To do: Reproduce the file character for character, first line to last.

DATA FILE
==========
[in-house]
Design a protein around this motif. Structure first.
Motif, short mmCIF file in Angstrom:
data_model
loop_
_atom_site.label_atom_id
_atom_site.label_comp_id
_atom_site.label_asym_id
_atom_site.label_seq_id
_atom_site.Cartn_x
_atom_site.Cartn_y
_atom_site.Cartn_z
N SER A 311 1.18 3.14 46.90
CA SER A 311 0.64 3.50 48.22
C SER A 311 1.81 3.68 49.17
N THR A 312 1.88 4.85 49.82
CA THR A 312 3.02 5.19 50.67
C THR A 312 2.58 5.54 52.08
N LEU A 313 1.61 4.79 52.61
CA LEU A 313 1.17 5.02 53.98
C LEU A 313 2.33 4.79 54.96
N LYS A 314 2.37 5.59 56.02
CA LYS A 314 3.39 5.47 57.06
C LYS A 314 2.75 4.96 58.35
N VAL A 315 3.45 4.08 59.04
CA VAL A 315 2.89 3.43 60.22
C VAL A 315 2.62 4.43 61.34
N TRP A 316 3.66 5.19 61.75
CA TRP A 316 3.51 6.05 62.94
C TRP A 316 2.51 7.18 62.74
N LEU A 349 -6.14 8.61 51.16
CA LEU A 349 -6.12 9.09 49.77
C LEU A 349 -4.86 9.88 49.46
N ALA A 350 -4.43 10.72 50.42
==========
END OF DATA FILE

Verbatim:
[in-house]
Design a protein around this motif. Structure first.
Motif, short mmCIF file in Angstrom:
data_model
loop_
_atom_site.label_atom_id
_atom_site.label_comp_id
_atom_site.label_asym_id
_atom_site.label_seq_id
_atom_site.Cartn_x
_atom_site.Cartn_y
_atom_site.Cartn_z
N SER A 311 1.18 3.14 46.90
CA SER A 311 0.64 3.50 48.22
C SER A 311 1.81 3.68 49.17
N THR A 312 1.88 4.85 49.82
CA THR A 312 3.02 5.19 50.67
C THR A 312 2.58 5.54 52.08
N LEU A 313 1.61 4.79 52.61
CA LEU A 313 1.17 5.02 53.98
C LEU A 313 2.33 4.79 54.96
N LYS A 314 2.37 5.59 56.02
CA LYS A 314 3.39 5.47 57.06
C LYS A 314 2.75 4.96 58.35
N VAL A 315 3.45 4.08 59.04
CA VAL A 315 2.89 3.43 60.22
C VAL A 315 2.62 4.43 61.34
N TRP A 316 3.66 5.19 61.75
CA TRP A 316 3.51 6.05 62.94
C TRP A 316 2.51 7.18 62.74
N LEU A 349 -6.14 8.61 51.16
CA LEU A 349 -6.12 9.09 49.77
C LEU A 349 -4.86 9.88 49.46
N ALA A 350 -4.43 10.72 50.42